“Is mobile a segment or device?” Rebecca pondered in my office.
She expanded on that thought, “Do we treat mobile like it is the same audience with the same motivations, expected actions, etc., but just on a different physical device? Or should we be treating those on mobile like a completely different segment/audience of traffic because their motivations, expected actions, etc., are different?”
She gave an example of working with a company her team was performing research services for. On this company’s website, younger people were visiting on mobile while older people were visiting on desktop. “It’s wasn’t just about a phone, it was a different collection of human beings,” she said.
Consideration #5: QA to avoid validity threats
When you’re engaged in conversion optimization testing, don’t overlook the need for quality assurance (QA) testing. If a treatment doesn’t render correctly on a mobile device, it could be that the technical difficulty is causing the change in results, not the changes you made to the treatment. If you are unaware of this, it will mislead you about the effectiveness of your changes.
This is a validity threat known as instrumentation effect.
Here are some of the devices our developers use for QAing.
(side note: That isn’t a stock photo. It’s an actual picture by Senior Designer James White. When I said it looked too much like a stock image, Associate Director of Design Lauren Leonard suggested I let the readers know “we let the designers get involved, and they got super excited about it.”)
“Know your audience. If your audience are heavy users of Safari on iPhone, then check on the actual device. Don’t rely on an emulator. It’s rare, but depending on what you’re doing, there are things that won’t show up as a problem in an emulator. Understand what your traffic uses and QA your mobile landing pages on the actual physical devices for the top 80%,” Todd advised.
Consideration #6: The customer’s mindset
Customers may go to the same exact landing page with a very different intent when they’re coming from mobile. For example, Rebecca recounted an experiment with an auto repair chain. For store location pages, desktop visitors tended to look for coupons or more info on services. But mobile visitors just wanted to make a quick call.
“Where is the customer in the thought sequence? Mobile can do better with instant gratification campaigns related to brick-and-mortar products and services,” she said.
Consideration #7: Screen sizes and devices are not the same things
Most analytics platforms give you an opportunity to monitor your metrics based on device types, like desktop, mobile and tablet. They likely also give you the opportunity to get metrics on screen resolutions (like 1366×768 or 1920×1080).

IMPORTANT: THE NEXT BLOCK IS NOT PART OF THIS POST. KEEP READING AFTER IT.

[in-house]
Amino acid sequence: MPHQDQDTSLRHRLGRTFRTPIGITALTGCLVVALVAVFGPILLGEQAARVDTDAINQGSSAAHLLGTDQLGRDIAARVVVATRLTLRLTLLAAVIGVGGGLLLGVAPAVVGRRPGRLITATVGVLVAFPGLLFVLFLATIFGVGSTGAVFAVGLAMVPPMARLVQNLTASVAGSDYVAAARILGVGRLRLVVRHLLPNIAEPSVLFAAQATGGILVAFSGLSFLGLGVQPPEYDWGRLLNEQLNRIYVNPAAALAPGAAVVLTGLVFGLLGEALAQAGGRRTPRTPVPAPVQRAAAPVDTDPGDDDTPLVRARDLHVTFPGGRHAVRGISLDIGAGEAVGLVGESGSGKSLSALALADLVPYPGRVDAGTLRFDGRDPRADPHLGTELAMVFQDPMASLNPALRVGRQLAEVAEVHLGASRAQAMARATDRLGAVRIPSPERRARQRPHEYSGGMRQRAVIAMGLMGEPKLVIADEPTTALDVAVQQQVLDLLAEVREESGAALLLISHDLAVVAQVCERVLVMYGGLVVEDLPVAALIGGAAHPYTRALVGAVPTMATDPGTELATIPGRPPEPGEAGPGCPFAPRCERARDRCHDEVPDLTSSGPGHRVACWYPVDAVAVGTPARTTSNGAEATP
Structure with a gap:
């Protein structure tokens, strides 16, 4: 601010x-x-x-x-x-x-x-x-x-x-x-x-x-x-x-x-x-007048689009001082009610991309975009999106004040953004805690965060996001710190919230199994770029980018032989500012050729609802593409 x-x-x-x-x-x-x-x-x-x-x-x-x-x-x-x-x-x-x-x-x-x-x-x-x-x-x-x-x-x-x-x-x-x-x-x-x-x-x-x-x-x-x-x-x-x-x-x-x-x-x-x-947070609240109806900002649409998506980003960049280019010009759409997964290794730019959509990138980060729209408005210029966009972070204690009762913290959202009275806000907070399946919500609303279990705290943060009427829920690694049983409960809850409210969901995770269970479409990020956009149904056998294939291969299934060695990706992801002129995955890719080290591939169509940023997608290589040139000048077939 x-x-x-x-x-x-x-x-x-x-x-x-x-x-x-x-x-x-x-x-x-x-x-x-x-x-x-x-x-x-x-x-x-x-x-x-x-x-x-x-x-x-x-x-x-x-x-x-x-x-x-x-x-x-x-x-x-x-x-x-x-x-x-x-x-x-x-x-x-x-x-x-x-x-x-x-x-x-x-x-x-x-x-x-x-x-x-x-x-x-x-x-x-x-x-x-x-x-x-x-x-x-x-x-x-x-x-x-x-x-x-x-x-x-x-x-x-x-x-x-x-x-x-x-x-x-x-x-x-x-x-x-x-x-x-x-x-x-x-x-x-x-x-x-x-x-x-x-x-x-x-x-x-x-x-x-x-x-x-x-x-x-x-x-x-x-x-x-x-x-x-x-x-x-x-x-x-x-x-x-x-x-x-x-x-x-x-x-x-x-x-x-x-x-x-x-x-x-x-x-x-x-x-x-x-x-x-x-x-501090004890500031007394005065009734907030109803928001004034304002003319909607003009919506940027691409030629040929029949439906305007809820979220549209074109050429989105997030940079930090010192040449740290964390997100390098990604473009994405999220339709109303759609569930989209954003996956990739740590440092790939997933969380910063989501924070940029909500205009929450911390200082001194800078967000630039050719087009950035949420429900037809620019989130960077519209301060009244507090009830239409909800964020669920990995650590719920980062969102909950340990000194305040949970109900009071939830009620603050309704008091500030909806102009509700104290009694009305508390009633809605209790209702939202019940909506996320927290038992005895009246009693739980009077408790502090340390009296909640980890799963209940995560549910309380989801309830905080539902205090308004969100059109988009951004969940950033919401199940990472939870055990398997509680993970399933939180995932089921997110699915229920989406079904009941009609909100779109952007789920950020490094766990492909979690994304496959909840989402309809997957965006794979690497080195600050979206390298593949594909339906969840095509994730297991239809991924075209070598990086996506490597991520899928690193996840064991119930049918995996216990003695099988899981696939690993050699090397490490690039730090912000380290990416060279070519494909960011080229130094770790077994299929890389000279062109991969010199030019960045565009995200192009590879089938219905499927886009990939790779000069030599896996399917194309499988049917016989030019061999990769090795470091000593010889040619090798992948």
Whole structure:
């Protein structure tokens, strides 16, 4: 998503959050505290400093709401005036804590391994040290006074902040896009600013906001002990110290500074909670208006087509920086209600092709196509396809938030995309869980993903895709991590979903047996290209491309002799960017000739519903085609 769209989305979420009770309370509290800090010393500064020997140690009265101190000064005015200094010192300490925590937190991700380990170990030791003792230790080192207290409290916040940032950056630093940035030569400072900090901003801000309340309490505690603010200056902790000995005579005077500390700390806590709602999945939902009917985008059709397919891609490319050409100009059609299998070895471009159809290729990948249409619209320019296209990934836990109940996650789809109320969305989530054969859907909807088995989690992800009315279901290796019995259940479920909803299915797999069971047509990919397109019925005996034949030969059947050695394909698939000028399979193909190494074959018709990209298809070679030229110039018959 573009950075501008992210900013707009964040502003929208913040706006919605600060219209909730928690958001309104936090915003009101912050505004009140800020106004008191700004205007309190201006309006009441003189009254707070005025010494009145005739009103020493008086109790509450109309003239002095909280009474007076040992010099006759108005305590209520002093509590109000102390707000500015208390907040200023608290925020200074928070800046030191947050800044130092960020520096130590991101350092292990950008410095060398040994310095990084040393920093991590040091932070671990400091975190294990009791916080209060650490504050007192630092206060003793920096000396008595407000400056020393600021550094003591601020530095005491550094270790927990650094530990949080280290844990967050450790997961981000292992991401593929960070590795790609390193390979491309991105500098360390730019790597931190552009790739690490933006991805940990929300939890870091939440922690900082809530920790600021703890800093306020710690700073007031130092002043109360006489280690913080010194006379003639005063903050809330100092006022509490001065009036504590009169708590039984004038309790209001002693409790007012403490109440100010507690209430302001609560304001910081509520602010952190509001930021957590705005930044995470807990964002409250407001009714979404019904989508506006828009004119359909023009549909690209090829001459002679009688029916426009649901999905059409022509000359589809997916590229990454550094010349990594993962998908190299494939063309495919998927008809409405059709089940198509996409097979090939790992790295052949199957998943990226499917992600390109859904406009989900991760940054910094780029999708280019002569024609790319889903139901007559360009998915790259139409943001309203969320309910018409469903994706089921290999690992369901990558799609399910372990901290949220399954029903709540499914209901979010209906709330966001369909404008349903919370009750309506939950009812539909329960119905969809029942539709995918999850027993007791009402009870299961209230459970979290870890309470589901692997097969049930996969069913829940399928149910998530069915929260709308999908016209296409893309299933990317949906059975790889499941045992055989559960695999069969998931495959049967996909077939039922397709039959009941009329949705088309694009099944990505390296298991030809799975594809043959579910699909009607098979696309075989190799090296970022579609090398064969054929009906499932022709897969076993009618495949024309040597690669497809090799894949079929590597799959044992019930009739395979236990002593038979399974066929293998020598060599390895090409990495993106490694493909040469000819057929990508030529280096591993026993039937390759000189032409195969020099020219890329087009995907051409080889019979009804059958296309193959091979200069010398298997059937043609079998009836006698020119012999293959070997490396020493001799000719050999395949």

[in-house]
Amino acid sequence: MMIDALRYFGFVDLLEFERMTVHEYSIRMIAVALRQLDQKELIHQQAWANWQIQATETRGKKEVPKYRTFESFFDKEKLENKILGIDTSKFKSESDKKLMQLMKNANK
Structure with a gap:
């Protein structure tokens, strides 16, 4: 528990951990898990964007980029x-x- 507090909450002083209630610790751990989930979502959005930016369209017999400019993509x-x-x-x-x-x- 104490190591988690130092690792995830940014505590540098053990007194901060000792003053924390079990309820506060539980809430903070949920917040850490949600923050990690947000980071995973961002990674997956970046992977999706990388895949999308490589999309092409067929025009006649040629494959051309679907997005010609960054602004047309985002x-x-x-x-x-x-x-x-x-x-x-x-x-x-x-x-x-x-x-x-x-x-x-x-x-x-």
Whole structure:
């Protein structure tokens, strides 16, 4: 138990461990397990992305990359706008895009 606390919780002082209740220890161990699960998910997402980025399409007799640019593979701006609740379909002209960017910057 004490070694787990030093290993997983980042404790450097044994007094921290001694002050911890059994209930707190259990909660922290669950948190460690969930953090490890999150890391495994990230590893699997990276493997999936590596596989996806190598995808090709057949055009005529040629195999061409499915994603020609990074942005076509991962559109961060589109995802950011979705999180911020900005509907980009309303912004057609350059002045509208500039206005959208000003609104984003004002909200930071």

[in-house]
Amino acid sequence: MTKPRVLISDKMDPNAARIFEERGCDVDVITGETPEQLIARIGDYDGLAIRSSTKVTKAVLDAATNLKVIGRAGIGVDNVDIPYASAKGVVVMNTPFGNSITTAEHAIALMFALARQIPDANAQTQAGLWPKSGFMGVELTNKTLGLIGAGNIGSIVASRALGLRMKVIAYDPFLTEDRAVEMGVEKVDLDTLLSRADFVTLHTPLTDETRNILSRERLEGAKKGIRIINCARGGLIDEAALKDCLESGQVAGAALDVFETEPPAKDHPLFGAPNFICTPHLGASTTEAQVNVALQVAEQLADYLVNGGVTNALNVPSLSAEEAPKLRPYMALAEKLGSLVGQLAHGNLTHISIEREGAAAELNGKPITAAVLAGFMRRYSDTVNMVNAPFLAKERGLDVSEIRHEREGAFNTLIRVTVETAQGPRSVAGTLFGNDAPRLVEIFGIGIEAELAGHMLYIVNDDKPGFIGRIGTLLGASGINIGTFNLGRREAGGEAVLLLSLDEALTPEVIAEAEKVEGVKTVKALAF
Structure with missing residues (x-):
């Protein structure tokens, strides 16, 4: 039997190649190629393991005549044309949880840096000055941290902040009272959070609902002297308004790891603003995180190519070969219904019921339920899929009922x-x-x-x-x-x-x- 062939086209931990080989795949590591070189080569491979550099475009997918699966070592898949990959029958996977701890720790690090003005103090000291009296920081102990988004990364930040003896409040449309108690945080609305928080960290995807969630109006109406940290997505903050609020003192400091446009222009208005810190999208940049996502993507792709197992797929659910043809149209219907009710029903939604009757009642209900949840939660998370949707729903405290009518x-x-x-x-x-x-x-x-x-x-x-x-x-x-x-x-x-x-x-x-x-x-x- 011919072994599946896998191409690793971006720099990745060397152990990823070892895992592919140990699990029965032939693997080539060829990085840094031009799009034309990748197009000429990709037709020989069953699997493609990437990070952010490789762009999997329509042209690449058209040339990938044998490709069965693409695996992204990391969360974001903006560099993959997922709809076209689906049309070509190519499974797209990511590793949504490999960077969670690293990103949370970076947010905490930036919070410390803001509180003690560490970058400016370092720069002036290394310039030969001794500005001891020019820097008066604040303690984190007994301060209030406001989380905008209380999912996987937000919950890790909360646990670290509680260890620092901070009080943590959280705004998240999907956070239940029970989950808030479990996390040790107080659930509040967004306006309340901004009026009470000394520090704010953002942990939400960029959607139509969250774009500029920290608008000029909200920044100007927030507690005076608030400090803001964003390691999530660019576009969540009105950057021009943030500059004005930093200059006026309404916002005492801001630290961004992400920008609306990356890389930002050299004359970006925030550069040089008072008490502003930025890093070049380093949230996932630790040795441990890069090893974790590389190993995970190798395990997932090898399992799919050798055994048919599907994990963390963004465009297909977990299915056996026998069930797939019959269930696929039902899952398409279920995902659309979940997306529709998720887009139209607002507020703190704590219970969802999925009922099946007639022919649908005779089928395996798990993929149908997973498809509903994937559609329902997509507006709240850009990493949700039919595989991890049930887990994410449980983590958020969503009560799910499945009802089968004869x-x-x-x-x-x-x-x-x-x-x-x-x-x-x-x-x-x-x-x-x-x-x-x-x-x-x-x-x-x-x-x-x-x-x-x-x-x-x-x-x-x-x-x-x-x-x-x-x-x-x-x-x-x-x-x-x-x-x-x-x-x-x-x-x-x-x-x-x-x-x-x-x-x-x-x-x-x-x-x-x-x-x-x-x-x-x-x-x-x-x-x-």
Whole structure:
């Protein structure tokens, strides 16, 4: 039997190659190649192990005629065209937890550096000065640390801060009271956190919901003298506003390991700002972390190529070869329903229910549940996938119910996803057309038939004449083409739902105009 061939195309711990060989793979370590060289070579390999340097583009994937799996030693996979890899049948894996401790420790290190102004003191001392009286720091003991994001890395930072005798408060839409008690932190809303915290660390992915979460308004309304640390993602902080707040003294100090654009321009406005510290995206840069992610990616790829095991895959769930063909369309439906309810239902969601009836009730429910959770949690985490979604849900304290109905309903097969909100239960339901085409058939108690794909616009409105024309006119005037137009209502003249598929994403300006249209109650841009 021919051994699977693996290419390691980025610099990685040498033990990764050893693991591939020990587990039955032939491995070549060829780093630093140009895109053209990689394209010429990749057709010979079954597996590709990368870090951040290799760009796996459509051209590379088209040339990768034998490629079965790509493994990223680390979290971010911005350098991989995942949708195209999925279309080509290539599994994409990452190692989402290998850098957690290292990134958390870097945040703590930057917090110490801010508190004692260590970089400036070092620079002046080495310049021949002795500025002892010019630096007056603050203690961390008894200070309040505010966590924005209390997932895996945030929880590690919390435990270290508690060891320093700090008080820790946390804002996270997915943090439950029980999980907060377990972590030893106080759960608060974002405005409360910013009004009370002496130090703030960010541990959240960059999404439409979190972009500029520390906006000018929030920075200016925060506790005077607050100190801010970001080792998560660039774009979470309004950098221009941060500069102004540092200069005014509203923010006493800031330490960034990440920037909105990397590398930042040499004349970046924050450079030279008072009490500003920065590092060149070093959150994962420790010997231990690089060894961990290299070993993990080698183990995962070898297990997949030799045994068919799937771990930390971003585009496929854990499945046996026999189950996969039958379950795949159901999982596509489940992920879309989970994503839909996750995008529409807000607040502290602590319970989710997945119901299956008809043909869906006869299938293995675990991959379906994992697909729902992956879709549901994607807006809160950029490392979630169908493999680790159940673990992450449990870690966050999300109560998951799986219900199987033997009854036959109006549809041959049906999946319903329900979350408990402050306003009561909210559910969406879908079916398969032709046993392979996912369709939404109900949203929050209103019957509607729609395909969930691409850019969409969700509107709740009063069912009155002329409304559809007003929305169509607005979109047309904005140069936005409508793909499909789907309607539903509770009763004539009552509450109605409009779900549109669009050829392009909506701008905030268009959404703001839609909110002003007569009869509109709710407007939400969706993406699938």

Just keep in mind, people aren’t always viewing your websites at the size of their screen. You only know the size of the monitor not the size of the browser.
“The user could be recorded as a full-size desktop resolution, but only be viewing in a shrunken window, which may be shrunk down enough to see the tablet experience or even phone experience,” Todd said. “Bottom line is you can’t assume the screen resolutions reported in the analytics platform is actually what they were viewing the page at.”
Consideration #8: Make sure your tracking is set up correctly
Mobile can present a few unique challenges for tracking your results through your analytics and testing platforms. So make sure your tracking is set up correctly before you launch the test.
For example, if you’re using a tag control manager and tagging things through it based on CSS properties, if the page shifts at different breakpoints that change the page structure, you could have an issue.
“If you’re tagging a button based on its page location at the bottom right, but then it gets relocated on mobile, make sure you’re accounting for that,” Todd advised.
Also, understand how the data is being communicated. “Because Google Tag Manager and Google Optimize are asynchronous, you can get mismatched data if you don’t follow the best practices,” Todd said.
“If you see in your data that the control has twice as many hits as the treatment, there is a high probability you’ve implemented something in a way that didn’t account for the way asynchronous tags work.” —Todd Barrow
Todd provided a hard-coded page view as an example. “Something to watch for when doing redirect testing … a tracking pixel could fire before the page loads and does the split. If you see in your data that the control has twice as many hits as the treatment, there is a high probability you’ve implemented something in a way that didn’t account for the way asynchronous tags work. This is really common,” Todd said.
“If you know that’s going to happen, you can segment the data to clean it,” he said.
~ Thomas Jefferson